FIG. 24 illustrates the interconnection technique in more detail. At the location of each specific terminal 92, each of the signal layers except one and each of the power/ground layers except one will have clearance holes 96. Clearance holes have no copper and are larger in diameter than a drilled, plated through hole. Thus, if a plated through hole is drilled through the clearance holes, there will be no connection to any of the layers having through holes. In the example of FIG. 24, all of the layers except the first signal layer (labeled INNER 1) and the fourth layer INNER 4 (a power/ground layer) have clearance holes. Thus, if a hole is drilled and through-hole plated at this location, then band 1 of inner layer 1 will be connected to buss 1 of inner layer 4. Band 1 of inner layer 1 is then connected to the designated power terminal 82 on the lower layer 22 in order to make buss 1 of inner layer 4 a particular power buss. This is done by means of a similar through hole plating technique from the band to the terminal 82 at the right hand side of the board. The copper pours on the upper right hand corners of the power/ground layers are used to connect to the bands in the signal layers by means of vias and through hole plating. There may be two or more isolated copper pours on each power and ground layer to provide the required number of different power and ground terminal connections to the bands. The copper pours can be connected to the respective power terminals in the same manner as the busses and bands, as illustrated in FIG. 24.
This invention provides a unique and innovative printed circuit board with pre-fabricated inner layers, and a method of using the board in the design and fabrication of one-of-a-kind multi-layer printed circuit boards for wireless test fixture applications. The printed circuit board forms a virtual grid panel which can be used in essentially any test fixture application, by appropriate configuration of the upper and lower layers, and drilling and through hole plating at the appropriate points in the panel.
As described above, the panels or printed circuit boards have inner layers which are all pre-configured, chemically processed, and laminated inside unfinished upper and lower layers. When a particular product is to be tested, auto router software is used to take the test point arrangement on the unit under test and compare it with the array of virtual grid points in the panel. The test points are configured into corresponding test pad positions on the upper layer, and each test pad position is assigned to the closest available virtual grid via, until all test pad assignments are made. Similar assignments are made on the bottom layer. The auto router software will produce a design of pads and circuits for the upper and lower layers, and these layers can then be processed, and the appropriate through holes can be drilled and plated to provide all the required test point connections to the ATE, as well as the required power and ground connections.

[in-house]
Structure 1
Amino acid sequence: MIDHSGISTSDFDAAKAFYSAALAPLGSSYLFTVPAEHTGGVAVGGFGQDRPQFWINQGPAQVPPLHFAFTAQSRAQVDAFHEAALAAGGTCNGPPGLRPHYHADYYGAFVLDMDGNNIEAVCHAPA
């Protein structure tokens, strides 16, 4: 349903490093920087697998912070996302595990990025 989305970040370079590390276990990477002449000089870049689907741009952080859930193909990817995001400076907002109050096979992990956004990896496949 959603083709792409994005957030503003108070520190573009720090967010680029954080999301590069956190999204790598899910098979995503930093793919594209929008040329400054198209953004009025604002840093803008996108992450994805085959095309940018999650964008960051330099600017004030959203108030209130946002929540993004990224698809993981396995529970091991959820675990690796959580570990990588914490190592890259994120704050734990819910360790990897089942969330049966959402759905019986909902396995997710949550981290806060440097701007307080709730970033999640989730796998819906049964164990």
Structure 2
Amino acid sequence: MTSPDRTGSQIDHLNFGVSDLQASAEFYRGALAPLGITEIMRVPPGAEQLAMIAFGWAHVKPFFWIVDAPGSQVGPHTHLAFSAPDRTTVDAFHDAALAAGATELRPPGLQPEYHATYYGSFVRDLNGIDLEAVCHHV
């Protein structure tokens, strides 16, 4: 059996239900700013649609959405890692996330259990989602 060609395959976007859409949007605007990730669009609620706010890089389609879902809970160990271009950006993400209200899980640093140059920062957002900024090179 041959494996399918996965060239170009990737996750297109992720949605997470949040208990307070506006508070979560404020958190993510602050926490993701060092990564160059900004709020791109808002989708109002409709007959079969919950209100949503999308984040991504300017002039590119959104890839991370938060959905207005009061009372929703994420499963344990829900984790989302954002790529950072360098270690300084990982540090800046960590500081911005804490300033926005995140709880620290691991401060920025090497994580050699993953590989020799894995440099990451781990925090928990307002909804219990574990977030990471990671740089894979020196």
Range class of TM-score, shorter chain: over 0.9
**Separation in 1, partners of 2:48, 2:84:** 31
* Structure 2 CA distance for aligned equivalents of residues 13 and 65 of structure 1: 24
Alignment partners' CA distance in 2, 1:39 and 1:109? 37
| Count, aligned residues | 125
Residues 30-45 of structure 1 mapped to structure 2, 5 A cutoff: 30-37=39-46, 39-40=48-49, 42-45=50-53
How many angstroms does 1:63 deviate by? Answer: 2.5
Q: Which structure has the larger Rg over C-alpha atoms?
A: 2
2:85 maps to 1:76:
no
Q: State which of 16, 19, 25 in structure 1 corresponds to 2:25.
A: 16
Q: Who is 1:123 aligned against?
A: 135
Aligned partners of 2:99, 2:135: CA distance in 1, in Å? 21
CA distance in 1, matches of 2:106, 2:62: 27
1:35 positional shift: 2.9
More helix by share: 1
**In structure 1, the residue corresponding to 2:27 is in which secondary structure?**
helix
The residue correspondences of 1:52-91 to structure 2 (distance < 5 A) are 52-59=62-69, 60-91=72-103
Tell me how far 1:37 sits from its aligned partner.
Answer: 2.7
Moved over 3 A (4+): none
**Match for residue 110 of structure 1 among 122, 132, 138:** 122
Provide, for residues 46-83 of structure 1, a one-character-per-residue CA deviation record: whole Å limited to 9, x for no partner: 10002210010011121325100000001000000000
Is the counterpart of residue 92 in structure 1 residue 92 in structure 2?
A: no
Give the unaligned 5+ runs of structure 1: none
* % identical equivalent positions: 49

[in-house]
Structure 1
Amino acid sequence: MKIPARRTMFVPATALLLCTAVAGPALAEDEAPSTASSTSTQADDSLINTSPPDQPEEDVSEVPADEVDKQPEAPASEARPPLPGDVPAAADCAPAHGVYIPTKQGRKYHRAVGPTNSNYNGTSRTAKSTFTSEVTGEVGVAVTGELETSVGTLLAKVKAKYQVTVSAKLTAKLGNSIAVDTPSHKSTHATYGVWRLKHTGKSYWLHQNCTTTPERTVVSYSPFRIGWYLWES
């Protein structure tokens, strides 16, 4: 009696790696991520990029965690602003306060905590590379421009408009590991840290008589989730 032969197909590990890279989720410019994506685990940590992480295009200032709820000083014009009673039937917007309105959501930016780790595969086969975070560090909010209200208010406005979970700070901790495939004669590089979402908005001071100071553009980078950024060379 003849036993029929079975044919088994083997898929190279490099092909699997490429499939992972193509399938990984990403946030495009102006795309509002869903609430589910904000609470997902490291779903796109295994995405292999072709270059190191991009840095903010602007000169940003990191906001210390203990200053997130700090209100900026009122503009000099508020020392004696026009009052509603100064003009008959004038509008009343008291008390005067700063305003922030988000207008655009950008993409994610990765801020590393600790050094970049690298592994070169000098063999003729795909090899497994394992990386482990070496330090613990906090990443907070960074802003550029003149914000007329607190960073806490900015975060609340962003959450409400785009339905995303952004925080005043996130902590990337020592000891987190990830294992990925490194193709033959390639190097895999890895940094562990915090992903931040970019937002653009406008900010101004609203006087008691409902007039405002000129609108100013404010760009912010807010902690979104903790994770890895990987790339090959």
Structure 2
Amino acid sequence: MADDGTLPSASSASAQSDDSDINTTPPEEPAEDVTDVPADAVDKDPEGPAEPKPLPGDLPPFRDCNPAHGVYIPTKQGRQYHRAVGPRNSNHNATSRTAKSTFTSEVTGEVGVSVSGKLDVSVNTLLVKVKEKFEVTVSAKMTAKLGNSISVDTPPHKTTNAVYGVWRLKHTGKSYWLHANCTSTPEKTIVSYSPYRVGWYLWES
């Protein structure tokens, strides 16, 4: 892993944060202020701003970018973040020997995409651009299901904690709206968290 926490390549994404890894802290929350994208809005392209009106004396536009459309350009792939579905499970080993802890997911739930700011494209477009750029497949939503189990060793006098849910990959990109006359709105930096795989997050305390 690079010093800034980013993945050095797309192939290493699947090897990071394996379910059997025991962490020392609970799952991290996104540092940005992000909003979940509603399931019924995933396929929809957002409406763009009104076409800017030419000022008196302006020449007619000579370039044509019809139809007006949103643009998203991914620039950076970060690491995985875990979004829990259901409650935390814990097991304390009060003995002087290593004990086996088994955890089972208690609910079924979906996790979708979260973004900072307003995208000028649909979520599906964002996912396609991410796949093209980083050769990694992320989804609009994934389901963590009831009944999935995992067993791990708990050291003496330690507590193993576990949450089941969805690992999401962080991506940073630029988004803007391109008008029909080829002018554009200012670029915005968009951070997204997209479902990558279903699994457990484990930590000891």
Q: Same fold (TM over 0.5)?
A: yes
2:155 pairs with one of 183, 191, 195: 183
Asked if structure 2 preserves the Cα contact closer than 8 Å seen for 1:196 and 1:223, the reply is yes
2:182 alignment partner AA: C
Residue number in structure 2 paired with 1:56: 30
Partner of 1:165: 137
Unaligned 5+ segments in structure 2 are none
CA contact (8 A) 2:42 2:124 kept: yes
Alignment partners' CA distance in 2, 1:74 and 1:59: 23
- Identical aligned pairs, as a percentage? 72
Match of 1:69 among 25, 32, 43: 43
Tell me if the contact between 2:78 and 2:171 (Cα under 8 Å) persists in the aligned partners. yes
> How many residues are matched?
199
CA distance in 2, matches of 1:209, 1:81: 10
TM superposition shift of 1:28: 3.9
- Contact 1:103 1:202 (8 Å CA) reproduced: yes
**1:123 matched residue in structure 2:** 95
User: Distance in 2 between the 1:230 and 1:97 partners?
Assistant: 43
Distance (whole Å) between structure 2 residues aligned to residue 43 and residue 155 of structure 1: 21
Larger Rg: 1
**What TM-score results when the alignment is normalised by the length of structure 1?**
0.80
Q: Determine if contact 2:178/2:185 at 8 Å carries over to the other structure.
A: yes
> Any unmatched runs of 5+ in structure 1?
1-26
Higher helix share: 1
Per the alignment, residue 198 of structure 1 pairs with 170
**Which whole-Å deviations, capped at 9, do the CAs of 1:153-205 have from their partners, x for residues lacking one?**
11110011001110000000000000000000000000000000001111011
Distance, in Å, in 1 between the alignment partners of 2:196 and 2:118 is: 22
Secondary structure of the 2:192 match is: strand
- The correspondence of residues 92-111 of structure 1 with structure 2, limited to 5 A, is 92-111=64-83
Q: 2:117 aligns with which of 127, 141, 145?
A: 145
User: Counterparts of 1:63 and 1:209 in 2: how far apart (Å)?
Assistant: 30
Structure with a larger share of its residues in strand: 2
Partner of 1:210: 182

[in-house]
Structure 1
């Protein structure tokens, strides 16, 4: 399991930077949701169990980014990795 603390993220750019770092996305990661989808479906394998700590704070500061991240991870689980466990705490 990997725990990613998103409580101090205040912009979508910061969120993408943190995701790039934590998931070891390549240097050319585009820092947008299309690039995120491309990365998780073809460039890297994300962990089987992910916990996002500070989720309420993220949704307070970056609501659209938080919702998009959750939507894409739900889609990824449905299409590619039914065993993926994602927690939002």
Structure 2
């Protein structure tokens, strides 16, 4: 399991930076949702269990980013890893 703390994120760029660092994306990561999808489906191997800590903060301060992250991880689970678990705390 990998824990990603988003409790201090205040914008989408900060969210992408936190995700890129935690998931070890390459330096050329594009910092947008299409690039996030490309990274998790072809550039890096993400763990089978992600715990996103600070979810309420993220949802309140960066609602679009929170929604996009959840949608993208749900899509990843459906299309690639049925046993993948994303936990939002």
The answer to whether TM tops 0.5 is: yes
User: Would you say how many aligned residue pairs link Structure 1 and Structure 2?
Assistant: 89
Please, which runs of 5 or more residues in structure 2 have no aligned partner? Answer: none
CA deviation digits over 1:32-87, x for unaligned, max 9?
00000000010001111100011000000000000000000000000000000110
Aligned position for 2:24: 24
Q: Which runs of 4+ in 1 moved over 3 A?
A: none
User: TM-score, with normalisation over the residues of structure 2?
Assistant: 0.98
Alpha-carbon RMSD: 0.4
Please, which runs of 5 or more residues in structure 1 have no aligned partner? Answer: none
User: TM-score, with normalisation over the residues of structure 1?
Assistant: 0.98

This technique is considerably faster, more efficient, and less expensive than previous test fixture design procedures. In previous wireless test fixture design, a completely new multi-layer circuit board had to be designed from scratch for each new unit to be tested. This meant that each layer had to be appropriately configured, and the multiple layers then laminated and interconnected to provide the desired through board connections. This sometimes involved design of ten or more separate circuit board layers. In contrast, in the present invention, all inner layers are pre-fabricated and only the outer two layers have to be configured for a specific installation. Because about 90% of the circuitry is already provided in the pre-fabricated inner layers, the time taken to design and auto-route the virtual grid panel of this invention for a particular test fixture is only a few minutes, as compared to many hours or even days for prior art installations.
Although a preferred embodiment of the present invention has been described above by way of example only, it will be understood by those skilled in the field that modifications may be made to the disclosed embodiment without departing from the scope of the present invention, which is defined by the appended claims.
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|U.S. Classification||29/830, 29/852, 324/763.01|
|International Classification||H05K1/00, G01R1/04, H05K3/42|
|Cooperative Classification||G01R1/0408, H05K2201/09945, H05K3/429, Y10T29/49165, H05K2201/09454, H05K2201/0949, H05K1/0298, Y10T29/49126, H05K1/0287|
|European Classification||H05K1/02M2, G01R1/04S|
|Jan 31, 2000||AS||Assignment|
Owner name: LUNA TRUST DATED DECEMBER 6, 1995, CALIFORNIA
Free format text: DECLARATION OF TRUST AND ORDER CONFIRMING SUCCESSOR TRUSTEE;ASSIGNOR:L. JACK LUNA (DECEASED);REEL/FRAME:010552/0832
Effective date: 19951206
|Sep 3, 2003||FPAY||Fee payment|
Year of fee payment: 4
|Oct 11, 2007||FPAY||Fee payment|
Year of fee payment: 8
|Nov 21, 2011||REMI||Maintenance fee reminder mailed|
|Apr 11, 2012||LAPS||Lapse for failure to pay maintenance fees|
|May 29, 2012||FP||Expired due to failure to pay maintenance fee|
Effective date: 20120411